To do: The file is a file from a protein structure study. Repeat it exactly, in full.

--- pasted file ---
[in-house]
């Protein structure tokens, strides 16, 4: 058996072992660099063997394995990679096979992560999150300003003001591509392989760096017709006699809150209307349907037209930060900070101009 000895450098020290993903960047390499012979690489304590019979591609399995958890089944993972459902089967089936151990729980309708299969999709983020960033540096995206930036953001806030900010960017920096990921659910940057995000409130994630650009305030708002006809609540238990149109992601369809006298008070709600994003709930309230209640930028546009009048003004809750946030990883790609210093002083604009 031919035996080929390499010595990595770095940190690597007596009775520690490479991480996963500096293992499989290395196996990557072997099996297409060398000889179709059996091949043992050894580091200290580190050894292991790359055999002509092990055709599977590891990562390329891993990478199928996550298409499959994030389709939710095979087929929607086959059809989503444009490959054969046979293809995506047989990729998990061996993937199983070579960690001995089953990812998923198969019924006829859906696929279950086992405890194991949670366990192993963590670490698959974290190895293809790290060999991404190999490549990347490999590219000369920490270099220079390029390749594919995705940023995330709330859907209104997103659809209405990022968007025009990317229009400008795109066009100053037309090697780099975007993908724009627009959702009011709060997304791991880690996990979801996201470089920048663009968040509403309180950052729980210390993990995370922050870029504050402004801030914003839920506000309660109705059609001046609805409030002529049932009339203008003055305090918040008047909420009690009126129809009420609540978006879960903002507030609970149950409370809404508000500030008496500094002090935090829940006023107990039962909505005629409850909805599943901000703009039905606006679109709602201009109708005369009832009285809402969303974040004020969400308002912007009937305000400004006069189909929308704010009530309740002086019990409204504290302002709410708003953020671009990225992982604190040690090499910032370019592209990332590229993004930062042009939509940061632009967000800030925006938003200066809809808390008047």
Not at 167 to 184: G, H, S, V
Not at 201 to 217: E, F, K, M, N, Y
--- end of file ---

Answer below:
[in-house]
């Protein structure tokens, strides 16, 4: 058996072992660099063997394995990679096979992560999150300003003001591509392989760096017709006699809150209307349907037209930060900070101009 000895450098020290993903960047390499012979690489304590019979591609399995958890089944993972459902089967089936151990729980309708299969999709983020960033540096995206930036953001806030900010960017920096990921659910940057995000409130994630650009305030708002006809609540238990149109992601369809006298008070709600994003709930309230209640930028546009009048003004809750946030990883790609210093002083604009 031919035996080929390499010595990595770095940190690597007596009775520690490479991480996963500096293992499989290395196996990557072997099996297409060398000889179709059996091949043992050894580091200290580190050894292991790359055999002509092990055709599977590891990562390329891993990478199928996550298409499959994030389709939710095979087929929607086959059809989503444009490959054969046979293809995506047989990729998990061996993937199983070579960690001995089953990812998923198969019924006829859906696929279950086992405890194991949670366990192993963590670490698959974290190895293809790290060999991404190999490549990347490999590219000369920490270099220079390029390749594919995705940023995330709330859907209104997103659809209405990022968007025009990317229009400008795109066009100053037309090697780099975007993908724009627009959702009011709060997304791991880690996990979801996201470089920048663009968040509403309180950052729980210390993990995370922050870029504050402004801030914003839920506000309660109705059609001046609805409030002529049932009339203008003055305090918040008047909420009690009126129809009420609540978006879960903002507030609970149950409370809404508000500030008496500094002090935090829940006023107990039962909505005629409850909805599943901000703009039905606006679109709602201009109708005369009832009285809402969303974040004020969400308002912007009937305000400004006069189909929308704010009530309740002086019990409204504290302002709410708003953020671009990225992982604190040690090499910032370019592209990332590229993004930062042009939509940061632009967000800030925006938003200066809809808390008047």
Not at 167 to 184: G, H, S, V
Not at 201 to 217: E, F, K, M, N, Y